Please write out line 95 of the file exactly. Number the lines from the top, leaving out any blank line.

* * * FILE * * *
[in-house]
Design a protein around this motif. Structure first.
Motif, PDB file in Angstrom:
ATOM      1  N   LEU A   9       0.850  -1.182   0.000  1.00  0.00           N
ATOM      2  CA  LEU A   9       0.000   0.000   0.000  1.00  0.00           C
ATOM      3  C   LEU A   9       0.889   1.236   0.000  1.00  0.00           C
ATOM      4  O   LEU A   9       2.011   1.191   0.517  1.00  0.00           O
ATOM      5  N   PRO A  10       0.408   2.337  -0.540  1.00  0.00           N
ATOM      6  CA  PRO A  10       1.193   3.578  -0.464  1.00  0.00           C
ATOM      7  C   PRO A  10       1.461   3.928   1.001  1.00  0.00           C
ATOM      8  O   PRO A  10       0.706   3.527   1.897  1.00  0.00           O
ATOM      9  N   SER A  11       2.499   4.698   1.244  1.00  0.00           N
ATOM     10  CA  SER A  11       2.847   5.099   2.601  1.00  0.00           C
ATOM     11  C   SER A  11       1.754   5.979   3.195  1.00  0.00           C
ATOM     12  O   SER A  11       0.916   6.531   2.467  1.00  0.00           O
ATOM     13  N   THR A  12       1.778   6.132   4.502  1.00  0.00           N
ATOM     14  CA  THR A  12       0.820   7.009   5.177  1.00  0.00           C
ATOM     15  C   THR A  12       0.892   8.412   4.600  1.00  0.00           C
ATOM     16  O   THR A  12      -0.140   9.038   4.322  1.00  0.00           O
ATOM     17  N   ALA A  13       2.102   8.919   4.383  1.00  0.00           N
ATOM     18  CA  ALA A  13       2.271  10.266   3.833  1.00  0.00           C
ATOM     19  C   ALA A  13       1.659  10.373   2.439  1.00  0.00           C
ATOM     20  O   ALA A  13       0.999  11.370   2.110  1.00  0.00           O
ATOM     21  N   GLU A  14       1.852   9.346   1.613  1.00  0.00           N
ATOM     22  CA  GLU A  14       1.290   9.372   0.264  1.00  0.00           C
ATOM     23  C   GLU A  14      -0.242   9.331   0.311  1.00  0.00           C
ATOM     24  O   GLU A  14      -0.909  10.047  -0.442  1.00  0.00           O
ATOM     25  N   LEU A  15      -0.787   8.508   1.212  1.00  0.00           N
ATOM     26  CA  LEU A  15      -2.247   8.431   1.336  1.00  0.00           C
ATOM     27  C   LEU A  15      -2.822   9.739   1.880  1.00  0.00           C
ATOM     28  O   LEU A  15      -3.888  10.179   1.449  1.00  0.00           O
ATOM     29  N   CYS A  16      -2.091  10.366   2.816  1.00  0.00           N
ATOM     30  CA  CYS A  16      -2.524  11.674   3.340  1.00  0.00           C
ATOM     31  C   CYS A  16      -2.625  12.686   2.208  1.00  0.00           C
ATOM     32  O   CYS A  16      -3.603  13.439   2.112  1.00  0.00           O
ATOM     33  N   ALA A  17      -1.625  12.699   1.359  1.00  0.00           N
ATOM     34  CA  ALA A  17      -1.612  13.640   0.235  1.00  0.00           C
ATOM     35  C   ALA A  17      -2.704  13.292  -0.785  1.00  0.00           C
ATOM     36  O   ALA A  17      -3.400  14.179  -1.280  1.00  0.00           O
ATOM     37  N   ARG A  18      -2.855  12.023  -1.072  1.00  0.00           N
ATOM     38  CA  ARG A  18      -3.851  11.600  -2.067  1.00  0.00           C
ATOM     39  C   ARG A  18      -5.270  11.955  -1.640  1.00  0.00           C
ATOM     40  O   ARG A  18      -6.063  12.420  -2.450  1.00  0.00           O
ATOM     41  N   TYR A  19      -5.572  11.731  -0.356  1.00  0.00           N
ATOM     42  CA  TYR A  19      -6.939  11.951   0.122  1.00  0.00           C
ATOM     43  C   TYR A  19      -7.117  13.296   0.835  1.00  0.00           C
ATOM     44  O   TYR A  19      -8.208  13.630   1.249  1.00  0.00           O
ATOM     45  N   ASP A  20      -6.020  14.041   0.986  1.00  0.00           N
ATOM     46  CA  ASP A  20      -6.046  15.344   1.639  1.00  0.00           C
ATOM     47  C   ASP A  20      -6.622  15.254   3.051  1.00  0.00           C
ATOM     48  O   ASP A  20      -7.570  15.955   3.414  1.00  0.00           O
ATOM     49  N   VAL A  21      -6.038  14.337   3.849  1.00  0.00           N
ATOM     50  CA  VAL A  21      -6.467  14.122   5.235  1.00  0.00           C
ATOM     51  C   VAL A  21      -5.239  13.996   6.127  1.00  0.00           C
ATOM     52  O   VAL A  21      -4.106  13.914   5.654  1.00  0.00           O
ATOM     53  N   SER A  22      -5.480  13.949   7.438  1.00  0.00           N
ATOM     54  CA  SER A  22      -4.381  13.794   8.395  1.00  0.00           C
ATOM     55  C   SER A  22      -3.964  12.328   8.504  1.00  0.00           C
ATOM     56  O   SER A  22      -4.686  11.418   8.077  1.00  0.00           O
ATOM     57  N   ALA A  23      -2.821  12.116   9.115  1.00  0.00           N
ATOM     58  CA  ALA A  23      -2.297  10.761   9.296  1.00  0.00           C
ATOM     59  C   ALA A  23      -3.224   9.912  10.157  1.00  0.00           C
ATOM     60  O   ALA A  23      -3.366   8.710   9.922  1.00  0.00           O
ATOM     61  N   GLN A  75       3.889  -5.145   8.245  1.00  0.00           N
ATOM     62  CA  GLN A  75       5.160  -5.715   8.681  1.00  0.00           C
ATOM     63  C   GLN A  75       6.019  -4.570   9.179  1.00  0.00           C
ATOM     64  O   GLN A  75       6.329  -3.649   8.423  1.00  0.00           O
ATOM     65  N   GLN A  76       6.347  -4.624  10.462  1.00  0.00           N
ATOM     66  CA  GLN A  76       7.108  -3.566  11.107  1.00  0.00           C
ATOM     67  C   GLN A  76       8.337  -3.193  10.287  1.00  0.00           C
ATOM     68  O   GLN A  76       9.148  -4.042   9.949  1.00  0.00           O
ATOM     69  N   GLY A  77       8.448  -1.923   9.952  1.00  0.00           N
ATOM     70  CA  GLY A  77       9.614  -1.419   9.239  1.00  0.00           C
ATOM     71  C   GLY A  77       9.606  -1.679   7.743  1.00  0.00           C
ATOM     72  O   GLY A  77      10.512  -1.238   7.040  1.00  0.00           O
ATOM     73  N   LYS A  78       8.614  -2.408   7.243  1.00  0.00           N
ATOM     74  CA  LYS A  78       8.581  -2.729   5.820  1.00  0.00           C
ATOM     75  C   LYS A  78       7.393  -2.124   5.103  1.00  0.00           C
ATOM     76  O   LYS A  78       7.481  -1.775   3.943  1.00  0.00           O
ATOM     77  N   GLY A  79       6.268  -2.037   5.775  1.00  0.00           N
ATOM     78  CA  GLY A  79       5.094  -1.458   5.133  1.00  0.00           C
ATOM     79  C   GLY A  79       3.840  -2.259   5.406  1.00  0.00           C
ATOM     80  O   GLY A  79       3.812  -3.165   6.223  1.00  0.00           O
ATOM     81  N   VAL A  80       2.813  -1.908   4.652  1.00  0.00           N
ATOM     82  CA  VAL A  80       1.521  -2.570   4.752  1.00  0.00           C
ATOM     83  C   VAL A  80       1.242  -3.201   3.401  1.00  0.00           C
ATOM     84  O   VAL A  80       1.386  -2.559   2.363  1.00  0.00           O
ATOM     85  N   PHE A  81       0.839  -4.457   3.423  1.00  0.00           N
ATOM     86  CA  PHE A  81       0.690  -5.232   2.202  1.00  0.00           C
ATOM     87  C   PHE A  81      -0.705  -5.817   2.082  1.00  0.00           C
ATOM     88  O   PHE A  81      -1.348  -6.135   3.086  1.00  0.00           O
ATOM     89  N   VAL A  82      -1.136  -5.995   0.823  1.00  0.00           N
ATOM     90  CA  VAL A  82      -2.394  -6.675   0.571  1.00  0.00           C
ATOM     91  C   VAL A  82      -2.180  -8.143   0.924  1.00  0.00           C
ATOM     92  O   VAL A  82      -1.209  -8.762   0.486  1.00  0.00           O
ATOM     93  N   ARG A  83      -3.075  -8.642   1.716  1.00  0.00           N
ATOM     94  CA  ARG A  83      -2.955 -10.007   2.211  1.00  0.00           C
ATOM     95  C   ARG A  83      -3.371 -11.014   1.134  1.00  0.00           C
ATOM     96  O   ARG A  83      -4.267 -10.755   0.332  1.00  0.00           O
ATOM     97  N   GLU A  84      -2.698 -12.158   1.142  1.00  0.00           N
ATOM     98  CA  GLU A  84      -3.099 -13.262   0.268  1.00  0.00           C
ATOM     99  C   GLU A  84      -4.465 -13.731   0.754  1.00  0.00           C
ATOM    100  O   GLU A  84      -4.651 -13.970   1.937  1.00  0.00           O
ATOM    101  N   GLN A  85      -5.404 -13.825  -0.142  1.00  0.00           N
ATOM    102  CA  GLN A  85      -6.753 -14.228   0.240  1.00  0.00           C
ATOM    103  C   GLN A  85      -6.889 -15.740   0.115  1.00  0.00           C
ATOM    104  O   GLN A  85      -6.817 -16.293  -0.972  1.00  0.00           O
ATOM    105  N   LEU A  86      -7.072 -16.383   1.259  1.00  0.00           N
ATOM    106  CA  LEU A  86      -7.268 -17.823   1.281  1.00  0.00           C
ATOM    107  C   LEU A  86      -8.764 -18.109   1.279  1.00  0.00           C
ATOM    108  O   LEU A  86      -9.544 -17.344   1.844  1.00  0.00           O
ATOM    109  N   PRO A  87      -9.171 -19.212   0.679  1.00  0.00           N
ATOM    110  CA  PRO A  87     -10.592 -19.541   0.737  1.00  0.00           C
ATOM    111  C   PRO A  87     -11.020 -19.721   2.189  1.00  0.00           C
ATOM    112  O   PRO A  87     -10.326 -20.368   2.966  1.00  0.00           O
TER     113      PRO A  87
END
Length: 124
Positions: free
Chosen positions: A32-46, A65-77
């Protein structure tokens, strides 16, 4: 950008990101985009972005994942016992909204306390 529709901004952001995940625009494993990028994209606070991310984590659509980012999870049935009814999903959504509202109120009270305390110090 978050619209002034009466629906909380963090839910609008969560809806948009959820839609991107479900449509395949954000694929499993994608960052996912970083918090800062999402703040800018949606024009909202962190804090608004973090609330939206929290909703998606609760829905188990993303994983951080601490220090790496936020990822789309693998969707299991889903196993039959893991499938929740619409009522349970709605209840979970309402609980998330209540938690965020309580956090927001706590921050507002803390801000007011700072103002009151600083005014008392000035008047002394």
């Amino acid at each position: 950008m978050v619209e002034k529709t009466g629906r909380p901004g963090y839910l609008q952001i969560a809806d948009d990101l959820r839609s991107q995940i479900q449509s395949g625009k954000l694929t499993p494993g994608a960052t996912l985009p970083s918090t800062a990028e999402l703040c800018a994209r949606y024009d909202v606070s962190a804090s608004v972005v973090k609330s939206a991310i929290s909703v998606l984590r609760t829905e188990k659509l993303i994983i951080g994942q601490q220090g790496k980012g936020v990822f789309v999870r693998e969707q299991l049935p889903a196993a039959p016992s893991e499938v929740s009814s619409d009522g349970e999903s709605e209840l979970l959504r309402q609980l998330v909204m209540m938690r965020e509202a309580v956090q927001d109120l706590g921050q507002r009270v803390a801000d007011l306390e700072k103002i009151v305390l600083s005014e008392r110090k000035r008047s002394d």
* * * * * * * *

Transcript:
ATOM     92  O   VAL A  82      -1.209  -8.762   0.486  1.00  0.00           O